In January, Rwanda is expected to initiate its National Cervical Cancer Screening and Prevention Program in five hospitals throughout the country. Through Einstein's capacity-building grant, the College of Medicine will act as Rwanda's partner for program implementation in one reference hospital, which will be supervising 18 health centers that will serve as screening sites.
Einstein faculty, including Dr. Marc Sklar, clinical assistant professor of obstetrics & gynecology and women's health, will head to the East African nation to lead the training. In implementing the initiative's training and research, he will be joined by Rwandan physicians Drs. Jean Claude Dusingize and Jean D'Amour Sinayobye, who previously earned their master's degrees through Einstein's CRTP.
"During the first year, we anticipate that we will screen more than 600,000 Rwandan women, aged 35 to 45, for HPV, at five hospitals," said Dr. Anastos. "Any detected lesions will be treated immediately with cryotherapy, while more advanced cancers will be treated accordingly."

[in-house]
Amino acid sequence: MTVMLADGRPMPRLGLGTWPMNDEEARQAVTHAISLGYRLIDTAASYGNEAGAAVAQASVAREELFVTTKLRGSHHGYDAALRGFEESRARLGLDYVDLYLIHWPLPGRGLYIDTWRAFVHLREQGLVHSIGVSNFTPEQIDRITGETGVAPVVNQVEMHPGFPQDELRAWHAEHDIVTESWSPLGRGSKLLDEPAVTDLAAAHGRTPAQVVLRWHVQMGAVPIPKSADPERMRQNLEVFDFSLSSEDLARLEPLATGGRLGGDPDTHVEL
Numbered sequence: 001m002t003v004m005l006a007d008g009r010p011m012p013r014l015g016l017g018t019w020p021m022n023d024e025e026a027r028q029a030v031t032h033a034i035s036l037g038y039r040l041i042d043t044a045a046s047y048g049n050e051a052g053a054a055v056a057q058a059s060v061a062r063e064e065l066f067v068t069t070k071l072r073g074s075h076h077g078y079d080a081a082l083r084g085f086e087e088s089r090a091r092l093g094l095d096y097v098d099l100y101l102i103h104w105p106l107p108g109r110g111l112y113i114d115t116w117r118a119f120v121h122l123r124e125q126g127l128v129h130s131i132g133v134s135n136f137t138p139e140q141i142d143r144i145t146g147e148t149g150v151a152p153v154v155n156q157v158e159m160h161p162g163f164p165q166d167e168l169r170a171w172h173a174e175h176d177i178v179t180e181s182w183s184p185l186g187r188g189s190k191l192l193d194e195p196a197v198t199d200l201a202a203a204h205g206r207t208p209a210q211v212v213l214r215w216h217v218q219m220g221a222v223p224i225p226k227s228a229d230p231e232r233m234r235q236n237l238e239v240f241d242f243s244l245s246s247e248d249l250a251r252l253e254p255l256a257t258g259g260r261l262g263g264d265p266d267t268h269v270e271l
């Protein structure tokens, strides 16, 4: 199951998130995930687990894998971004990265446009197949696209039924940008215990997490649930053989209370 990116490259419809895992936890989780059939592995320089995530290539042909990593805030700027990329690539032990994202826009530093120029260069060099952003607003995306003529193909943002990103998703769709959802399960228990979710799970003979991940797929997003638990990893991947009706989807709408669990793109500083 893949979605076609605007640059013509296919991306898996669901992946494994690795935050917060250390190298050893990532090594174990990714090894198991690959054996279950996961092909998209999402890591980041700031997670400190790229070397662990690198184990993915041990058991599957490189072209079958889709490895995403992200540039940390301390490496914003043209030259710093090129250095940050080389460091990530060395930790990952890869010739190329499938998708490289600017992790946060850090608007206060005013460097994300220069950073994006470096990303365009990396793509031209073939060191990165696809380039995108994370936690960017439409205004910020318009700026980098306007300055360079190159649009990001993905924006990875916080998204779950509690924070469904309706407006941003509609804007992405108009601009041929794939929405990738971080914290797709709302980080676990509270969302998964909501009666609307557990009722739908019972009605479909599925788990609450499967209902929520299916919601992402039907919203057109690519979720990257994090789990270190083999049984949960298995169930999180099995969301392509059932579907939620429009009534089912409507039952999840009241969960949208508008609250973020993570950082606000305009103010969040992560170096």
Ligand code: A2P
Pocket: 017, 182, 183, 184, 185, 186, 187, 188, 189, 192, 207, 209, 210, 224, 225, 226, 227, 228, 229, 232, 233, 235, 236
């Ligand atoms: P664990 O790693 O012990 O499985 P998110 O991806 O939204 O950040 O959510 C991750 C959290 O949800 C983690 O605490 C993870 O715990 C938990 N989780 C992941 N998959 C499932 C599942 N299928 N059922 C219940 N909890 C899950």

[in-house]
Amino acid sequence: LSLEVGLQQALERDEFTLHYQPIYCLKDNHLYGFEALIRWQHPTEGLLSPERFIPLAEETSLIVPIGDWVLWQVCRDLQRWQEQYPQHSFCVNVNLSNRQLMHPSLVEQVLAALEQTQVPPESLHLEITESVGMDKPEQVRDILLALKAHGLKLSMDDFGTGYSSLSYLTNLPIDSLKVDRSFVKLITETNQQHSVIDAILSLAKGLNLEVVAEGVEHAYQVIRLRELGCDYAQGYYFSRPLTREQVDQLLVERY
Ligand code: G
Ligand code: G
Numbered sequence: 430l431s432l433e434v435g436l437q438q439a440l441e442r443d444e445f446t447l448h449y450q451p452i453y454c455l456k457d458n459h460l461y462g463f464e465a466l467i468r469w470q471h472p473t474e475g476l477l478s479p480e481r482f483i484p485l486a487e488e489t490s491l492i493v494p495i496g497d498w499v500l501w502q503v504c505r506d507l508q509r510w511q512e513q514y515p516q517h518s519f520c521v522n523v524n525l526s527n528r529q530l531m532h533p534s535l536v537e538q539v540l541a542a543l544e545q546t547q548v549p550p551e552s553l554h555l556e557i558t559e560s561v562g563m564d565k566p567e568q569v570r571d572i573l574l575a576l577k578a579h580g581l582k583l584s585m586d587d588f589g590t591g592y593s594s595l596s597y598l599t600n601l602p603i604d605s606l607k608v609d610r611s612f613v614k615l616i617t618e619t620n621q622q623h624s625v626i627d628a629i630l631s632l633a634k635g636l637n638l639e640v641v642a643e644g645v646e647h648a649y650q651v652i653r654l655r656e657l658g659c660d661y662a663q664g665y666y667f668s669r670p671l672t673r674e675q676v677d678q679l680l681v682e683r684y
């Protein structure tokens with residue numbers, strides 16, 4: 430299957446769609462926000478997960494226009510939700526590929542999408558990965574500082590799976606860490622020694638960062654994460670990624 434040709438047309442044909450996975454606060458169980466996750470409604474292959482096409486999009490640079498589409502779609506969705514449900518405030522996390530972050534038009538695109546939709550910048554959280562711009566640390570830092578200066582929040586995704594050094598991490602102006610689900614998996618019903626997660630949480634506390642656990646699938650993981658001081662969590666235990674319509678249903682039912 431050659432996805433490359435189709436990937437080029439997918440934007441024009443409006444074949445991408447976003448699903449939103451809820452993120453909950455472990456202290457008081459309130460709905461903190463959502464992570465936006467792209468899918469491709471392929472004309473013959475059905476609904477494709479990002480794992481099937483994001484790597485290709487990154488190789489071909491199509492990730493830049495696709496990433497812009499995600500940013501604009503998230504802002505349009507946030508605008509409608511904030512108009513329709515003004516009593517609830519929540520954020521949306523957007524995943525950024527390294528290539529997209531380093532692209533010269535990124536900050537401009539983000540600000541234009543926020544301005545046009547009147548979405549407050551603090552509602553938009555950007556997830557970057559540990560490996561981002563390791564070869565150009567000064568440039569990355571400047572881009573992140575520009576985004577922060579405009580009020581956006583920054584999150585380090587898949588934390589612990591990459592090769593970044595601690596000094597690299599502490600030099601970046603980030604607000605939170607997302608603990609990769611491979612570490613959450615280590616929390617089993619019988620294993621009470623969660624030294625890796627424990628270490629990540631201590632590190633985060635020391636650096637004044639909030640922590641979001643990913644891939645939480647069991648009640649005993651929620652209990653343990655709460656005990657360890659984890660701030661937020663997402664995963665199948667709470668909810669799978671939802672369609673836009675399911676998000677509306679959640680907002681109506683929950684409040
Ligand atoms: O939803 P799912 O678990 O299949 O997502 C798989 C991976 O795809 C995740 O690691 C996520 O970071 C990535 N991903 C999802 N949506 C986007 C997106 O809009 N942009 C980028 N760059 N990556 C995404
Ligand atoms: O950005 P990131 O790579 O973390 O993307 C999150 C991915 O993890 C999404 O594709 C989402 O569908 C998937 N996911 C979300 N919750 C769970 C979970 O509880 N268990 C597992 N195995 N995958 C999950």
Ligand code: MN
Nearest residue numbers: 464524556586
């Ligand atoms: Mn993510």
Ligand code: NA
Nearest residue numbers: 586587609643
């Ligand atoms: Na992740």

In addition, Dr. Murenzi's own springtime return to Rwanda will come at a pivotal time. "He becomes a very valuable resource to his homeland because of his training in cervical cancer and cervical pathology," said Dr. Anastos, while also noting that Dr. Hebert will be available to guide Dr. Murenzi in the event he encounters anything he's unsure of. "Gad's skills will be extremely important as new cases of cancer are identified through the screening program."
Dr. Murenzi looks forward to returning home to his wife and family while also helping move pathology in Rwanda forward.
"This is a life-changing experience," he said. "There's a lot of work to do."
Posted on: Tuesday, January 15, 2013